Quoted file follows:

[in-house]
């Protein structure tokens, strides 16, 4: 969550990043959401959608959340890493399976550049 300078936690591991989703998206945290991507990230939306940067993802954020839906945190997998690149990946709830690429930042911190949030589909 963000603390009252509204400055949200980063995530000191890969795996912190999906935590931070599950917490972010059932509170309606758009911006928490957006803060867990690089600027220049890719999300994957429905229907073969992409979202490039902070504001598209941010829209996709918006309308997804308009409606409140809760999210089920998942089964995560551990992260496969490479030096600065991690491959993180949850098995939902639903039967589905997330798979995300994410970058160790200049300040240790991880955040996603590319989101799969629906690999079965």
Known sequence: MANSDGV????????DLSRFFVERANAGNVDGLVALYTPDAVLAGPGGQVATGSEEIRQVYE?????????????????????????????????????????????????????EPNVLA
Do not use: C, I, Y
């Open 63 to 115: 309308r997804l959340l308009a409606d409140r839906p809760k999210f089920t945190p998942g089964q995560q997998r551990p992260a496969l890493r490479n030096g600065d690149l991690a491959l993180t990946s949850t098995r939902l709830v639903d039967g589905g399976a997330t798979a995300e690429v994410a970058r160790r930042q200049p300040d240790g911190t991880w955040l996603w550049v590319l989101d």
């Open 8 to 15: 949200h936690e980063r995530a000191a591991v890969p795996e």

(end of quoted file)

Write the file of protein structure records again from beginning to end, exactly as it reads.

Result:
[in-house]
């Protein structure tokens, strides 16, 4: 969550990043959401959608959340890493399976550049 300078936690591991989703998206945290991507990230939306940067993802954020839906945190997998690149990946709830690429930042911190949030589909 963000603390009252509204400055949200980063995530000191890969795996912190999906935590931070599950917490972010059932509170309606758009911006928490957006803060867990690089600027220049890719999300994957429905229907073969992409979202490039902070504001598209941010829209996709918006309308997804308009409606409140809760999210089920998942089964995560551990992260496969490479030096600065991690491959993180949850098995939902639903039967589905997330798979995300994410970058160790200049300040240790991880955040996603590319989101799969629906690999079965």
Known sequence: MANSDGV????????DLSRFFVERANAGNVDGLVALYTPDAVLAGPGGQVATGSEEIRQVYE?????????????????????????????????????????????????????EPNVLA
Do not use: C, I, Y
């Open 63 to 115: 309308r997804l959340l308009a409606d409140r839906p809760k999210f089920t945190p998942g089964q995560q997998r551990p992260a496969l890493r490479n030096g600065d690149l991690a491959l993180t990946s949850t098995r939902l709830v639903d039967g589905g399976a997330t798979a995300e690429v994410a970058r160790r930042q200049p300040d240790g911190t991880w955040l996603w550049v590319l989101d």
């Open 8 to 15: 949200h936690e980063r995530a000191a591991v890969p795996e």